It’s been around 10 years since security researcher Jay Radcliffe got up onstage at a conference and demonstrated that he was able to hack into his own insulin pump. If he’d wanted, he could have used the pump to deliver a lethal dose of the drug into his system. Instead, he demanded that medical companies take the security threat seriously.
That presentation and others like it were wake-up calls about the potential danger of connecting vulnerable medical devices to the internet, says Mike Johnson, a securities technologies expert at the University of Minnesota’s Technological Leadership Institute.
In the decade since, there’s been an explosion in the number of connected medical devices — drug infusion pumps, pacemakers, monitors — that makes the issue even more pressing. There is an average of 10 to 15 internet-connected devices on each hospital bed, security researchers estimate. “It’s just a matter of time,” Johnson says. “There are more devices and more exposure.”
That exposure is one reason the University of Minnesota set up a new Center for Medical Device Cybersecurity, which launched at the beginning of September in partnership with medical device companies like Medtronic (which made Radcliffe’s pump) and Boston Scientific. The center will function as a hub to help groups that touch medical devices at every stage in their lifecycle, from their development to their use at a patient’s bedside, understand and manage the cybersecurity risks.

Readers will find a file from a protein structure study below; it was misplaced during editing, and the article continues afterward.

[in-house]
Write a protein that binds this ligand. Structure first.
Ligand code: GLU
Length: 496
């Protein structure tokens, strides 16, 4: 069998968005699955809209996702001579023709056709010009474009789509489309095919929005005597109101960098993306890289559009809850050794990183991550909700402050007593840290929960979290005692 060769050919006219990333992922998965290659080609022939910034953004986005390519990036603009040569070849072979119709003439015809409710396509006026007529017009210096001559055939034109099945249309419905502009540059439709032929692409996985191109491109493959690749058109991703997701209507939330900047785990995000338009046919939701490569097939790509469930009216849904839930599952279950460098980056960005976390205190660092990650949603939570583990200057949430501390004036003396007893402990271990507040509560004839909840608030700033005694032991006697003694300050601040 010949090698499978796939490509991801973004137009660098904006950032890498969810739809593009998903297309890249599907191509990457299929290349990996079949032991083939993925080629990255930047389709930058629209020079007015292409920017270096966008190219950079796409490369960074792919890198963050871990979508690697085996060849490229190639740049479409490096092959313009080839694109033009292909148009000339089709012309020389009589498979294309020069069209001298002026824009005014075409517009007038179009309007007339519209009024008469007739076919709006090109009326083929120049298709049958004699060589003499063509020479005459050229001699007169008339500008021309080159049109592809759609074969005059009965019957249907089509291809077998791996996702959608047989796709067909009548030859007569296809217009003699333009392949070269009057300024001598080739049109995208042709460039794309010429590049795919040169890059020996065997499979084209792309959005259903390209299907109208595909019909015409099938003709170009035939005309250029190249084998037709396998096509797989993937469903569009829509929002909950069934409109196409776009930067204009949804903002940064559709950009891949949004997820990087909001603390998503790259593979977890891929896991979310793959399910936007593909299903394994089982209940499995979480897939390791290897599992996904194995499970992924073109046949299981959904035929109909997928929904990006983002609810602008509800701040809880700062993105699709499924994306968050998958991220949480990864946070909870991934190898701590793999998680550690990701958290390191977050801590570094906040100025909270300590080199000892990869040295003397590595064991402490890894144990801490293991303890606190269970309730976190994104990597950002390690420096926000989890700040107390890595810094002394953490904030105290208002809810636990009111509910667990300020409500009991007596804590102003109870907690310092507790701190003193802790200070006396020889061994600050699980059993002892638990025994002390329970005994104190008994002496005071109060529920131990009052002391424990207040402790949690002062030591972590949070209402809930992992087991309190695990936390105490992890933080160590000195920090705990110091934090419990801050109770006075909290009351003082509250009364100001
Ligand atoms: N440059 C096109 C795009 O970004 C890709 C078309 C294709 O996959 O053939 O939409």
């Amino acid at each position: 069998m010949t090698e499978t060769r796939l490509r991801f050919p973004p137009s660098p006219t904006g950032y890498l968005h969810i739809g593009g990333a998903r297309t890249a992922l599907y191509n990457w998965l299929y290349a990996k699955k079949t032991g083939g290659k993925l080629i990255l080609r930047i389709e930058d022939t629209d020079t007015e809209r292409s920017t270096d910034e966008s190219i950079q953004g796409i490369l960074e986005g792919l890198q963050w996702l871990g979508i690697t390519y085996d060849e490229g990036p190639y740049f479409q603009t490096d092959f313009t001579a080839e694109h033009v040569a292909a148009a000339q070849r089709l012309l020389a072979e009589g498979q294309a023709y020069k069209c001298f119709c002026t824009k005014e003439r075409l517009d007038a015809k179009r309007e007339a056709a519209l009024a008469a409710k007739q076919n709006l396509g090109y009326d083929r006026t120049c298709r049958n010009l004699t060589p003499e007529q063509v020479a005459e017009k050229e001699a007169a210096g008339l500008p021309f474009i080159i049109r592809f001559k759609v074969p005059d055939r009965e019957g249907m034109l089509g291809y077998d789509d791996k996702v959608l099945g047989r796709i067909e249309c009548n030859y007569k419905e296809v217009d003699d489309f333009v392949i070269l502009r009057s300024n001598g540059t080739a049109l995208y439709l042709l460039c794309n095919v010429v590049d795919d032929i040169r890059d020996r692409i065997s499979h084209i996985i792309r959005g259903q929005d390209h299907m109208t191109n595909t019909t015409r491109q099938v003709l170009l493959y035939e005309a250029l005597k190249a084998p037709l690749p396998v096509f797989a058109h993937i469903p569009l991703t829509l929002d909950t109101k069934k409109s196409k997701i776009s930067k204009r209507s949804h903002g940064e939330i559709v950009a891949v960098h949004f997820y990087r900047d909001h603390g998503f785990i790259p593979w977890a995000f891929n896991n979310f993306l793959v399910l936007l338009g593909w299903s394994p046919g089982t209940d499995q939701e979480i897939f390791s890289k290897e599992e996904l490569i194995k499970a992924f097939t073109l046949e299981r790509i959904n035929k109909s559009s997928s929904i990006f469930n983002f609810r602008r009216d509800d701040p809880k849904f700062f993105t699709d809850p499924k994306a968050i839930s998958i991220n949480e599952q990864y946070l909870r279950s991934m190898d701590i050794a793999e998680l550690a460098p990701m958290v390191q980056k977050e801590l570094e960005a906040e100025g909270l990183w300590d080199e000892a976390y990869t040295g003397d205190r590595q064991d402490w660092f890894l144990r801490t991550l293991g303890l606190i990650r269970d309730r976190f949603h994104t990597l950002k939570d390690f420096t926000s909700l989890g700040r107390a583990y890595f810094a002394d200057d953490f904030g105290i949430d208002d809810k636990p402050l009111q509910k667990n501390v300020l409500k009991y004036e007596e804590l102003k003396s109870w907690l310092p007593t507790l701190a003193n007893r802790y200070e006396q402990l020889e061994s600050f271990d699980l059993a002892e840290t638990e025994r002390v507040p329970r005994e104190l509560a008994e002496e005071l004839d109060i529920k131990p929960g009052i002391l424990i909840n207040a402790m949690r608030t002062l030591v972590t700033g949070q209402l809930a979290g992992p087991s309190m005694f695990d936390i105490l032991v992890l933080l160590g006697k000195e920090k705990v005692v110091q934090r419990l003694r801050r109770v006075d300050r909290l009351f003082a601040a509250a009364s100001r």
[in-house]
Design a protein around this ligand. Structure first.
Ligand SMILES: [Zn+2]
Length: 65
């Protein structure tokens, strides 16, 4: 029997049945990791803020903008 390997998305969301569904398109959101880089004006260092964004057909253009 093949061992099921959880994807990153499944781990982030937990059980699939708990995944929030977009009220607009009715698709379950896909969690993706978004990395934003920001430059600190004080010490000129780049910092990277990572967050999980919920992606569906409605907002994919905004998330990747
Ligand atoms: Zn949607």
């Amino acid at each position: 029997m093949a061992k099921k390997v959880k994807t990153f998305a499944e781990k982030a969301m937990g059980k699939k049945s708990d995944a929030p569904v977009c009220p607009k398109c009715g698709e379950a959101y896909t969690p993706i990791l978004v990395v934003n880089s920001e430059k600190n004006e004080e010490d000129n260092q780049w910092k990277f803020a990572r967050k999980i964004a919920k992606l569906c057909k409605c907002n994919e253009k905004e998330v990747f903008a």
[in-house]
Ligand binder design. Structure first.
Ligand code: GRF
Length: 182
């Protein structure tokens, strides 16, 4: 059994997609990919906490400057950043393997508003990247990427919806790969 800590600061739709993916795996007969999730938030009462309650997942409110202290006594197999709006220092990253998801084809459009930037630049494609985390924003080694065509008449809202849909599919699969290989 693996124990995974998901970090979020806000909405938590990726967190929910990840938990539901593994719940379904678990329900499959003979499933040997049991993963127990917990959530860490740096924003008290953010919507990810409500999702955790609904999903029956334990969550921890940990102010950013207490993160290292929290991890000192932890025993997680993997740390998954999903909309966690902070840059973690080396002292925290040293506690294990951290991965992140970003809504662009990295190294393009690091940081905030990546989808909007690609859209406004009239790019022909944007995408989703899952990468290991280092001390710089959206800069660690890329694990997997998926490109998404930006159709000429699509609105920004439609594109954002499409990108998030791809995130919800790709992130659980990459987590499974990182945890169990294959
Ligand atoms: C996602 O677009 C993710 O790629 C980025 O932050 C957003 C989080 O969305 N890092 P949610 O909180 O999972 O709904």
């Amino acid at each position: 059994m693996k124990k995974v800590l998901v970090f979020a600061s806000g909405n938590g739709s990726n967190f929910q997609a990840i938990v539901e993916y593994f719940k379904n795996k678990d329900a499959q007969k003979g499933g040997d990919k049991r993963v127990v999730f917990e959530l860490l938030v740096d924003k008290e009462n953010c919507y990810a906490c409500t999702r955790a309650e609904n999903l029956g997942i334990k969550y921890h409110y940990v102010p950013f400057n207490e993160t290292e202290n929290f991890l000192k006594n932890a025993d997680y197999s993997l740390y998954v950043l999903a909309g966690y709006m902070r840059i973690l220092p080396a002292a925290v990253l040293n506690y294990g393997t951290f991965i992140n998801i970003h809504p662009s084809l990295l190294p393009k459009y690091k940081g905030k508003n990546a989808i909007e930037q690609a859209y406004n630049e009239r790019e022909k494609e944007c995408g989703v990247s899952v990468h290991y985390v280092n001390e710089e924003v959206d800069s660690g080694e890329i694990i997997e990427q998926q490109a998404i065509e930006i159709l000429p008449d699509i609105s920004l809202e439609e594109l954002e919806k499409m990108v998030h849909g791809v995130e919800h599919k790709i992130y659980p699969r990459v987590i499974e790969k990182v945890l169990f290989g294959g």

“We want to bring all of these participants into the process and hopefully give them tools,” says Johnson, who’s involved with the center.
The Verge talked with Johnson about the center’s goals and the cybersecurity risks around medical devices.
This interview has been lightly edited for clarity.
Why is it important to focus on the security of medical devices?
Medical device security has been on the radar of security risk managers for a decade or more. Suddenly, there’s been an explosion in the healthcare arena around connected devices. The numbers today are 10 to 15 devices connected per hospital bed, and that’s a combination of bedside devices and potentially wearable or implanted devices as well. The more things we add to a network, the more chances it can be impacted.